Universal Access To All Knowledge
Home Donate | Store | Blog | FAQ | Jobs | Volunteer Positions | Contact | Bios | Forums | Projects | Terms, Privacy, & Copyright
Search: Advanced Search
Anonymous User (login or join us)
Upload

Reply to this post | See parent post | Go Back
View Post [edit]

Poster: high flow Date: Oct 4, 2010 11:25am
Forum: GratefulDead Subject: Re: When did/does a band 'peak'?

IMO many bands perform better with age. There is little doubt.

But when it comes to writing songs, it's hard to imagine any band being as good from a comfy mansion as they were when they were writing to survive.

Does that make sense?

The GD don't really fit because they relied on Hunter and Barlow. We know that Hunter was still writing to survive even after many of his songs were made famous by GD.

As for Cream, despite the earlier successes of the members, there is still that initial chemistry which wears away over time. Call it a honeymoon period or music's 7-year-itch, but either way there is a reason these guys split. My guess is the lack of drive and creative spark among the members.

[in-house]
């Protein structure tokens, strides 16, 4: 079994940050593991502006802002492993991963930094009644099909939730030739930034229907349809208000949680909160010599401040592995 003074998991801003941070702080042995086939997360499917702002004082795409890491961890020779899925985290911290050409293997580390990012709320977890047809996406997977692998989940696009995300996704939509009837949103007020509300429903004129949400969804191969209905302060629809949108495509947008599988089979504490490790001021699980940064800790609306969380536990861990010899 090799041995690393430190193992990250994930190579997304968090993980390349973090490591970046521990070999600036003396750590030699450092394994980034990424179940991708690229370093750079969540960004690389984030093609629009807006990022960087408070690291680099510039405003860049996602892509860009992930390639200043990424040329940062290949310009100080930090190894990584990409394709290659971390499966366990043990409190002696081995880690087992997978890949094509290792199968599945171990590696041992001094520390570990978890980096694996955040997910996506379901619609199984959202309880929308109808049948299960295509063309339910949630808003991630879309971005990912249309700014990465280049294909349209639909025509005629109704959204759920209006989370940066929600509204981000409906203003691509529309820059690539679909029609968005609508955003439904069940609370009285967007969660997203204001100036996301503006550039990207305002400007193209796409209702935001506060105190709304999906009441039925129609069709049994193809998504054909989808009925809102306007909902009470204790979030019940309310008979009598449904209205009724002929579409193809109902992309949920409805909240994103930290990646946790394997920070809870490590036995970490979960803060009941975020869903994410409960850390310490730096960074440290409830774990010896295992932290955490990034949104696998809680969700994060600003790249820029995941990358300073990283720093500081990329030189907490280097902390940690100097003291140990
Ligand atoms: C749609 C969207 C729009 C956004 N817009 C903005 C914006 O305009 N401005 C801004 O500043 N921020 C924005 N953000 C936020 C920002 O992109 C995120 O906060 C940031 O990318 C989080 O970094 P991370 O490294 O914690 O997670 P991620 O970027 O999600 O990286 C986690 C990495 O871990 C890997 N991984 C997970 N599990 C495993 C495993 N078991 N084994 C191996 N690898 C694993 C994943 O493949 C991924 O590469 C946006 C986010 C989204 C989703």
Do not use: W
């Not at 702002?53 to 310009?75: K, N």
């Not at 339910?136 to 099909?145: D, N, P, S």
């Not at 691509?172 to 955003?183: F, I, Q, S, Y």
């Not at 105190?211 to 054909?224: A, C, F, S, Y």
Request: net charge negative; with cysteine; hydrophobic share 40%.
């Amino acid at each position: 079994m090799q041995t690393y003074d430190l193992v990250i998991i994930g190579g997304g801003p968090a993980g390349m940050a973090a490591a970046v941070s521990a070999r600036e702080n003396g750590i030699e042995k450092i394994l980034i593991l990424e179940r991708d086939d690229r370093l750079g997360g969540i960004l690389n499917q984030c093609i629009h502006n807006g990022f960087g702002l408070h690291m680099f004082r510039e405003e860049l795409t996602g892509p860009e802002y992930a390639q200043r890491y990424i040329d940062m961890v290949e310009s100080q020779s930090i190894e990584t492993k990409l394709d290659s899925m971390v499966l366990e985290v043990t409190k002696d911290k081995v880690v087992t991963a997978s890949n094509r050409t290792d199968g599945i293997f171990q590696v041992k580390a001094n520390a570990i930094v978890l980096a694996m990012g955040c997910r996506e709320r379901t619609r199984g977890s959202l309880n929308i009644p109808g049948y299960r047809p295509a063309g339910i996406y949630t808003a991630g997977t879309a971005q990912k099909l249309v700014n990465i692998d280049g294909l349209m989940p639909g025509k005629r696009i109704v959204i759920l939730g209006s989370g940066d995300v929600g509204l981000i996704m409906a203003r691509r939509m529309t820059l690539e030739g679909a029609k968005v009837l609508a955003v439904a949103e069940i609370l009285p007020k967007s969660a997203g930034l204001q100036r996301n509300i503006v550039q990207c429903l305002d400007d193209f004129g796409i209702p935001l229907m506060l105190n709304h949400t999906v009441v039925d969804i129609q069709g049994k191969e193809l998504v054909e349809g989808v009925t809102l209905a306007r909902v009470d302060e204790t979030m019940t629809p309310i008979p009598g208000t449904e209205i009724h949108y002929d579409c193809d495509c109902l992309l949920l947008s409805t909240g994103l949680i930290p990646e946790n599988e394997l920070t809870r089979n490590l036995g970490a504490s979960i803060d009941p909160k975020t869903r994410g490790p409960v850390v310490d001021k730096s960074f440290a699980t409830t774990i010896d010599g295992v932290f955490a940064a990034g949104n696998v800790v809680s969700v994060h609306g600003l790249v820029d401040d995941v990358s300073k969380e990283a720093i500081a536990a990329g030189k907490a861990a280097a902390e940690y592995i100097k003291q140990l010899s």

Reply to this post
Reply [edit]

Poster: William Tell Date: Oct 4, 2010 11:46am
Forum: GratefulDead Subject: Re: When did/does a band 'peak'?

It makes perfect sense, except you keep adding fuel to my fire which is the opposite: for many reasons, some apparent, some real, bands peak early, then fade, to varying degrees...peak might be 3 yrs, 5 yrs, but it's not usually "half way pt" if they last, say, 25 yrs?

But, it's old ground; I am impressed that so many old farts do NOT like the idea that things get worse with age! Not saying that's the motivation, but....har, har.

Reply to this post
Reply [edit]

Poster: Styrofoam Cueball Date: Oct 4, 2010 9:01pm
Forum: GratefulDead Subject: Re: When did/does a band 'peak'?

It seems that bands tend to burn out/peak faster than solo musicians. The longest-lived acts are people like Dylan (multiple peaks), Joni Mitchell, Neil Y., etc... It's hard to break up with yourself, I suppose.

Terms of Use (10 Mar 2001)